Cold Weather And A Very Long Lunch

18 Nov

We set a record this week!  On Monday we went to lunch at John and April’s place.  It is only 200m from here so we walked across for 12h30.  We had a lovely roast lunch with Pineau/Bordeaux/Cognac and good conversation.  Next thing it was 17h30 so Leanne went back to our place and brought over the pot of French onion soup we had on the cooker.  We heated that on the wood burner, John made toast over the embers and dinner began.  We finally got back home, in the dark, at 19h30.  A seven hour lunch!  Epic.

The Pineau and Cognac we enjoyed so much on Monday were from J. Balluet in Neuvecq-le-Château, about 90 minutes drive away.  We were well equipped with colourful stories about Mr Balluet and the only way to get our own supplies was to pay a visit.  So that was Wednesday.  Mr Balluet was absolutely charming and took us on a personal tour of the distillery.  The business was started in 1845 by his great-great-great-grandfather.  He regaled us with stories and detailed information about the business and the process but I don’t have time to go into it all because today (Monday, 18th November) we are meant to be packing and cleaning to be ready to leave tomorrow morning.

This is the still that was installed by J. Balluet in 1968 to replace the original one from 1845.  It will start the new season's work soon and will stop either when the job is finished or it is 31st March 2014, whichever is sooner.  Cognac distillation must be completed by this date by order of the Appellation.  http://www.cognac.fr/cognac/_en/2_cognac/index.aspx?page=distillation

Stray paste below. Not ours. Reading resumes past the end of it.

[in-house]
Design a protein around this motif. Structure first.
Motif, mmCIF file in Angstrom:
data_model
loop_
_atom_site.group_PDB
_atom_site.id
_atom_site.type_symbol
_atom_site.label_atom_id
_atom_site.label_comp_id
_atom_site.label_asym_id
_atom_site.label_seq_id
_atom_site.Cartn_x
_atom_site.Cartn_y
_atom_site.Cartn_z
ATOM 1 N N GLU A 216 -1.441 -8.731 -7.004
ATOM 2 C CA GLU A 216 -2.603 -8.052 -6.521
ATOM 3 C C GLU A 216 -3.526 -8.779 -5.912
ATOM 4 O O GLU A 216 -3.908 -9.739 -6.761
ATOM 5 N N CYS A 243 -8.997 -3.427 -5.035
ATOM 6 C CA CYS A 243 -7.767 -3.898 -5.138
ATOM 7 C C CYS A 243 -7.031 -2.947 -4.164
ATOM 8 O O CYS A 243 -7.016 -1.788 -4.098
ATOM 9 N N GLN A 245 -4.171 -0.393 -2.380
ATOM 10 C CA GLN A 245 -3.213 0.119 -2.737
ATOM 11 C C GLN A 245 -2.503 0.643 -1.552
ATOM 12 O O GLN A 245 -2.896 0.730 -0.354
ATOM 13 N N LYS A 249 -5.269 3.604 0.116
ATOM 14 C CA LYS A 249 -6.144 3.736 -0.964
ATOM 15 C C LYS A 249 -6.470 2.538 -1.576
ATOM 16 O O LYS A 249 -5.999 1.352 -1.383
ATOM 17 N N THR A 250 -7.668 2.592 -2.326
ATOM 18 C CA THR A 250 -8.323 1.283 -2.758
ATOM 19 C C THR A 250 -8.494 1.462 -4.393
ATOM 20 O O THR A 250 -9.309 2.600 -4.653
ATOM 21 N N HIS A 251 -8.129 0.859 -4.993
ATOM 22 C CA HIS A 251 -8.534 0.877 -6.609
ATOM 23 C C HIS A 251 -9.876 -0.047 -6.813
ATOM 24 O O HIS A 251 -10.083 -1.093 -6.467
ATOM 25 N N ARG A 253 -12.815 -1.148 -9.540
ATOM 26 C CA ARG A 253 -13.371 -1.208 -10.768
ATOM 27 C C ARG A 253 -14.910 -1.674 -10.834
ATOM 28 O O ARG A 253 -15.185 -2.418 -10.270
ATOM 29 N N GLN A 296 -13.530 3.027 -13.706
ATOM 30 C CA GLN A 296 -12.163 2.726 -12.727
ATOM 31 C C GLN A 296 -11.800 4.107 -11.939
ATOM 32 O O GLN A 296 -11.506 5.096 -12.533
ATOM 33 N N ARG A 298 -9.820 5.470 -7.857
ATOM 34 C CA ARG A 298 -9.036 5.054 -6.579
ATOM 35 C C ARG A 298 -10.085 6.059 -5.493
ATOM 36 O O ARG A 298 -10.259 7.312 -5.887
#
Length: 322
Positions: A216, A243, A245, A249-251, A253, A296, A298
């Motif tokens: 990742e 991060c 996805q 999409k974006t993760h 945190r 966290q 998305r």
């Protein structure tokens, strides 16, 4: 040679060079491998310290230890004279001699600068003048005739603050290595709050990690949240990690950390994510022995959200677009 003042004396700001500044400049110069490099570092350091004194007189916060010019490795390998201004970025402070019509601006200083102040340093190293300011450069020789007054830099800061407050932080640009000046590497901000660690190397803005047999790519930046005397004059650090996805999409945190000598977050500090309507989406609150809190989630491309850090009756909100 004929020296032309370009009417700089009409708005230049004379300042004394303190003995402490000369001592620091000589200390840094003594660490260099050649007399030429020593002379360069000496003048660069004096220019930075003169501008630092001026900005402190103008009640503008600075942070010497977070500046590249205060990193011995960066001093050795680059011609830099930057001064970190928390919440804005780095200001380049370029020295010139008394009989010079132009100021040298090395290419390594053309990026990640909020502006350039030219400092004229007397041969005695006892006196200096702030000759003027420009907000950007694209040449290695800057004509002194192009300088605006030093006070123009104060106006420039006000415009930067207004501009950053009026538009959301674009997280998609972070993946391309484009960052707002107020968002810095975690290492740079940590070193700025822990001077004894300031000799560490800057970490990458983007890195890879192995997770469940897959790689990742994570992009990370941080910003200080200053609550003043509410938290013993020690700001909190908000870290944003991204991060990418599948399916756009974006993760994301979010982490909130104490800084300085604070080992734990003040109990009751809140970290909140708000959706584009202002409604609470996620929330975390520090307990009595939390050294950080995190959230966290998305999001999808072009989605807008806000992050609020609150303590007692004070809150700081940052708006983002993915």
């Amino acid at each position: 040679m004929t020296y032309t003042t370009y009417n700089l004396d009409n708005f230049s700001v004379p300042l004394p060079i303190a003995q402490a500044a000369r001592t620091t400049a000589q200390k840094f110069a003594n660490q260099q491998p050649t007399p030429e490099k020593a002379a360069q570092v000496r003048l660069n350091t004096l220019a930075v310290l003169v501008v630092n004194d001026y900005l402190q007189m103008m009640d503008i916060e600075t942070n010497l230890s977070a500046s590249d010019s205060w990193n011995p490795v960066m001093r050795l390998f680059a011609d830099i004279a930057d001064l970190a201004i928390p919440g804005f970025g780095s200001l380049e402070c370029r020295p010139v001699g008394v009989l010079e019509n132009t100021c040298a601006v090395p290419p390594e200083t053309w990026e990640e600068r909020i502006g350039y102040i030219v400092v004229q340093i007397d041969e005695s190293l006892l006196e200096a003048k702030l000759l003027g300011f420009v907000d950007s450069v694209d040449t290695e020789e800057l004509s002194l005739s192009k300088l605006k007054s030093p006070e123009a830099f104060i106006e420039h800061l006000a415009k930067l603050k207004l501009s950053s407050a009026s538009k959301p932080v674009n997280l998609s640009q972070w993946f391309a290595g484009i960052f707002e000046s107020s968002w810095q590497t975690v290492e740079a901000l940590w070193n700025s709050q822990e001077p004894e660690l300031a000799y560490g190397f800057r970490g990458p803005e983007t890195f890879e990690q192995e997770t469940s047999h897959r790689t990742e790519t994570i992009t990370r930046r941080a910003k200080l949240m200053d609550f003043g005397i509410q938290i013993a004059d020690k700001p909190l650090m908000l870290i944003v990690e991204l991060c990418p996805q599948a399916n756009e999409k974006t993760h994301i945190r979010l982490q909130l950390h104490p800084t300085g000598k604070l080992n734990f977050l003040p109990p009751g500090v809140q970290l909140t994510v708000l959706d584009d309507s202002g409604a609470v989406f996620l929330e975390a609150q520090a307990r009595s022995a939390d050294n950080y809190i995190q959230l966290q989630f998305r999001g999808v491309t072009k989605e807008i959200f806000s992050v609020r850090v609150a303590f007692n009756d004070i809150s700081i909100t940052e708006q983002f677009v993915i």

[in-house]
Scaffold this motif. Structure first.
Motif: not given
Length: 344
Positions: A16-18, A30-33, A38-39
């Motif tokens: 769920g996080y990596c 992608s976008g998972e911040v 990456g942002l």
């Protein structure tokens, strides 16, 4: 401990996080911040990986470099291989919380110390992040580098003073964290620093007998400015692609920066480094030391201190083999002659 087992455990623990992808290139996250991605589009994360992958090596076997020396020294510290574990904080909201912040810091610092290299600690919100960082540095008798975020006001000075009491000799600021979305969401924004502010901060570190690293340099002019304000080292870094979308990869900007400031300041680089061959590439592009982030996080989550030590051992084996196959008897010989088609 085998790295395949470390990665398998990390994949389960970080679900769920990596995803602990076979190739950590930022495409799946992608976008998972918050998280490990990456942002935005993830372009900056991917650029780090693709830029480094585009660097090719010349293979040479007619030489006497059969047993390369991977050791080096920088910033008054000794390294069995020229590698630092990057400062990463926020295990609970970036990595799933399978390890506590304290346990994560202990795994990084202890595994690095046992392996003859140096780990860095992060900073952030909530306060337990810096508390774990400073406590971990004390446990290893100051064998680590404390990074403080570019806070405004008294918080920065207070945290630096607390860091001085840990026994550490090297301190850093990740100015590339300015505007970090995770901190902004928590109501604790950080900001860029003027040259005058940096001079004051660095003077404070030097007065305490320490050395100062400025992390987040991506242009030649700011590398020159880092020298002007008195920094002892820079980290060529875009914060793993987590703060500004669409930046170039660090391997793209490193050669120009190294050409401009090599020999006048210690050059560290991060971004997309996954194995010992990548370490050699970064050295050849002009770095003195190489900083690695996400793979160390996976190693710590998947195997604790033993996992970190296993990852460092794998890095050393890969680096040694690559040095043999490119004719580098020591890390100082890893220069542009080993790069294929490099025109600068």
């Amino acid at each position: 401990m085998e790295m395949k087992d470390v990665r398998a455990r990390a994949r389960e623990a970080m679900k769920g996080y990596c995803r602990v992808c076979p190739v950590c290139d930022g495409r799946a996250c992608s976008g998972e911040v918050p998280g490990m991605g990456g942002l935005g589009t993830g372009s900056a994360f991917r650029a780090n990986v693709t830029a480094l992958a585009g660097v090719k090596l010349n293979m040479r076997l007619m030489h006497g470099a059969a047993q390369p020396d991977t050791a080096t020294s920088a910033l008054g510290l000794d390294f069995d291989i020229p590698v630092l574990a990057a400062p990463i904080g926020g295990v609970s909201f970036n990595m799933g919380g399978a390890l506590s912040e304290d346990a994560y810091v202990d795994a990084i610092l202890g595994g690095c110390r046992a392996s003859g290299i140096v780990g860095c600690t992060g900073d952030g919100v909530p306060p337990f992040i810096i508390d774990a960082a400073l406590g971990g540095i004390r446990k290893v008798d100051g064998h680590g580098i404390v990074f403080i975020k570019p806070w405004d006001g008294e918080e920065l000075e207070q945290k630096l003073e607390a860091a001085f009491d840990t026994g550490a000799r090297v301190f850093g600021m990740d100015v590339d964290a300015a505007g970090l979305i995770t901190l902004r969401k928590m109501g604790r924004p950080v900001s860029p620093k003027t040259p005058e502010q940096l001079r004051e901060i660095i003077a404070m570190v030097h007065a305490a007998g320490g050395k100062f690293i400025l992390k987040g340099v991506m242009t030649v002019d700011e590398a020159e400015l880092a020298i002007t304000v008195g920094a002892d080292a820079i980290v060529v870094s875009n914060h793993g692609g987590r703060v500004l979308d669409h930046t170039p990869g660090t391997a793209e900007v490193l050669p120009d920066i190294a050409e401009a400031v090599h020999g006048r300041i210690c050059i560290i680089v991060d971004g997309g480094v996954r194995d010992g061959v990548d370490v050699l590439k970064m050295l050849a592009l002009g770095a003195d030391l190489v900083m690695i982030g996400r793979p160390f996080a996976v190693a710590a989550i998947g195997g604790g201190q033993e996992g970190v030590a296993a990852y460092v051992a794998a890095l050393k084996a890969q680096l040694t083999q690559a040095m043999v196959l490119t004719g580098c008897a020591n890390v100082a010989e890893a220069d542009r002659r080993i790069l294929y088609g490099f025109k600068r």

This is the still that was installed by J. Balluet in 1968 to replace the original one from 1845. It will start the new season’s work soon and will stop either when the job is finished or it is 31st March 2014, whichever is sooner. Cognac distillation must be completed by this date by order of the Appellation. http://www.cognac.fr/cognac/_en/2_cognac/index.aspx?page=distillation

This is Mr Jean Balluet himself beside the condenser section of the still while taking us on a tour.  He is opening a barrel...

This is Mr Jean Balluet himself beside the condenser section of the still while taking us on a tour. He is opening a barrel…

... for us to smell the cognac.  It was sweet and fruity and beautiful.  The glass panelled doors behind are closing off a small room with a single bed - once the distillation starts the distiller stays here full time.  The process is totally manual and needs frequent intervention based on years of experience.

… for us to smell the cognac. It was sweet and fruity and beautiful. The glass panelled doors behind are closing off a small room with a single bed – once the distillation starts the distiller stays here full time. The process is totally manual and needs frequent intervention based on years of experience.